Making the case for earmarked tax revenue

By:
25 May 18

With a public distrust of taxation and how it is used, ring-fencing tax for specific purposes could simplify it and solve the problem of some people being reluctant to pay it, says Common Vision’s Tim Dhoul. 

tax

 

‘Hypothecation’ is more than just a fun word to roll off the tongue and impress your friends with, it could be the key to unlocking the heavily bolted door marked ‘public engagement on tax’.

There’s an ease of appeal behind the concept of hypothecation, in which taxes are earmarked for specific expenditure purposes.

You want to ‘see’ where your taxes go?

Hypothecation can do that.

You want to repair public distrust and rebuild the social contract between taxpayer and government?

Hypothecation could present the perfect starting point.

Yet, this is not the first time that hypothecation has entered the imaginations of those looking for new solutions in the face of funding crises – so much so that it’s been labelled a ‘zombie’ topic for its ability to come back from the dead.  

Its unending death lays with the endless procession of economists, policymakers and experienced tax professionals that, for technical reasons, have pretty much dismissed hypothecation as a viable proposition.

For one, funding a service from a specific stream of tax revenue makes that service far too reliant on fluctuations in the revenue.

The latest workstream from Common Vision’s Responsible Tax Lab recognises this but wants to explore whether there are benefits that can outweigh the risks and limitations attached to hypothecation.

The Lab recently convened a session, at which participants representing a broad spectrum of ages and expertise (including, but not limited to tax professionals), to reflect on these points.

One of the key takeaways from the event was that, given hypothecation’s technical drawbacks, it might be worth focusing on what hypothecation can do for public engagement on tax and how it could be used towards this end.

Public engagement and participation

Public distrust for government and decisionmakers is high – the same being true across much of the western world and this impacts on people’s willingness to pay tax.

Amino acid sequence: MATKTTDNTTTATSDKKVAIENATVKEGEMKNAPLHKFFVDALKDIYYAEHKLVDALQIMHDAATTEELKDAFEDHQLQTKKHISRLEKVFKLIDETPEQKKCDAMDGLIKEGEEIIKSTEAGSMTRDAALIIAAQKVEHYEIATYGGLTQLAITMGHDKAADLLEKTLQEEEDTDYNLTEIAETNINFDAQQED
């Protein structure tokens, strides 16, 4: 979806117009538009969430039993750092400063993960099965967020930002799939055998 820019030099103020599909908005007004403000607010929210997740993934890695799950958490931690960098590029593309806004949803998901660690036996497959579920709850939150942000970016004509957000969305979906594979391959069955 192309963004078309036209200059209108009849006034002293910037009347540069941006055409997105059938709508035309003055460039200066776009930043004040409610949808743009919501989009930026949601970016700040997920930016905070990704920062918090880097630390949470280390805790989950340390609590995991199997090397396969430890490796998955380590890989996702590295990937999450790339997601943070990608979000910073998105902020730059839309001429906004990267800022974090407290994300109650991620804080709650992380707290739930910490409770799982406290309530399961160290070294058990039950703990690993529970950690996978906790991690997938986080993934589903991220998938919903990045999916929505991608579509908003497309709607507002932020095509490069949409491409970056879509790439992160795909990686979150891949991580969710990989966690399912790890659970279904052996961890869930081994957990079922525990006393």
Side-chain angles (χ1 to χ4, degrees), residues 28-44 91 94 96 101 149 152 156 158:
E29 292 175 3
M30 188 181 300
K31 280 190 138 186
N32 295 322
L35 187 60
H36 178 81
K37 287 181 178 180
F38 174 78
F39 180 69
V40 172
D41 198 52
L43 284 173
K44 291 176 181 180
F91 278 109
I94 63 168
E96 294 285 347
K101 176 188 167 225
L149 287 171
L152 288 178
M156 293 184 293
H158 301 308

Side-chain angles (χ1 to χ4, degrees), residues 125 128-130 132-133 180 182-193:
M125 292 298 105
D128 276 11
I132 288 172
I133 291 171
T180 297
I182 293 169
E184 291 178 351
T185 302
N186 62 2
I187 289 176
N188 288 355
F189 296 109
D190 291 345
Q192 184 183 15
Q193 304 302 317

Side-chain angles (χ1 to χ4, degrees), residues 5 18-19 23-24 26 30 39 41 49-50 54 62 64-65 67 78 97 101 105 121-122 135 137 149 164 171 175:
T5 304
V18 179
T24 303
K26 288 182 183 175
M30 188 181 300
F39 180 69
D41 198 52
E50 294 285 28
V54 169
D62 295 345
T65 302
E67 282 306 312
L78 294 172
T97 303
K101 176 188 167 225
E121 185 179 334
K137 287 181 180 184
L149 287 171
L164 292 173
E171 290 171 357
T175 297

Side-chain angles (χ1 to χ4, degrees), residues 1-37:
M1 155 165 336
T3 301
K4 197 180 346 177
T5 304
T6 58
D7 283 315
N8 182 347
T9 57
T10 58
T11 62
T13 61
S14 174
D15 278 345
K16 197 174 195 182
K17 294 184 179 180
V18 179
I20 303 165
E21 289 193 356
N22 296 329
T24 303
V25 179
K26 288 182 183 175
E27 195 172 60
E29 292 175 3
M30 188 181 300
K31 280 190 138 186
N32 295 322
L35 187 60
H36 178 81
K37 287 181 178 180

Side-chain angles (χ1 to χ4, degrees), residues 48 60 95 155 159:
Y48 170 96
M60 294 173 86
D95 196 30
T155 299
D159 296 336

Perceptions that current revenues are being ‘wasted’ on those seen as ‘scroungers’ in an age of austerity only exacerbate this problem.

In this context, there’s a strong case to be made that the social contract between taxpayer and government needs revisiting, and that we need greater public engagement on tax.

Could hypothecation offer a starting point towards this public engagement and a first step towards addressing public distrust?

Making a direct link between a tax and the subsequent services received has been criticised as ‘tying’ the hands of government.

But, if the public don’t trust those in power, might this be a good thing?

One could go further than this and bestow decision-making powers for hypothecated taxes to independent and publicly elected boards.

Might this ensure public engagement and participation in the debate?

There are parallels to participatory budgeting here and lessons that could be drawn on in helping to implement ideas.

Dangers of the element of choice

However, adding an element of public choice into the tax debate brings its own set of problems and could, in fact, deepen social divisive.

Making the headlines this month, for example, was a man who refuses to pay tax on religious grounds because he doesn’t want the money to fund abortions.

In this case, it’s clear that tax has become intertwined with personal beliefs and that is likely only to fuel conflict.

Participatory budgeting expert, Jez Hall has underlined the risks here, writing that an element of choice in tax could be used by “aggressive campaigners” and, “could, for instance, support the campaigns of pacifists unwilling to pay for national defence, or green campaigners refusing to pay for nuclear power.”

Taxpayer education

Hypothecation need not go as far as independent boards right away, however.

It could begin more simply, by accompanying taxpayer education initiatives.

If you can show taxpayers exactly how specific monies will be spent, would this make it easier for them to understand and appreciate why the tax has been set?

HMRC’s Annual Tax Summary provides an existing example, yet is its colourful pie chart as accessible and intelligible as it could be?

There is another challenge here that relates more directly to hypothecation and that is national insurance.

Described as coming ‘close’ to being hypothecated because it is earmarked for contributory pensions and employment benefits, many people misinterpret this as meaning that national insurance funds the NHS, and the presentation of existing information conspires only to increase the level of confusion.

Conversely, thinking that national insurance pays for the NHS may well be increasing people’s willingness to pay it.

The educational challenge is therefore not just how one might communicate tax hypothecation, but also what types of information would be most effective to communicate.

In spite of the risks and reservations attached, tax hypothecation may be the best opportunity to simplify tax in the public’s mind going.

Used wisely, it could also help repair a broken social contract through increased engagement and education.

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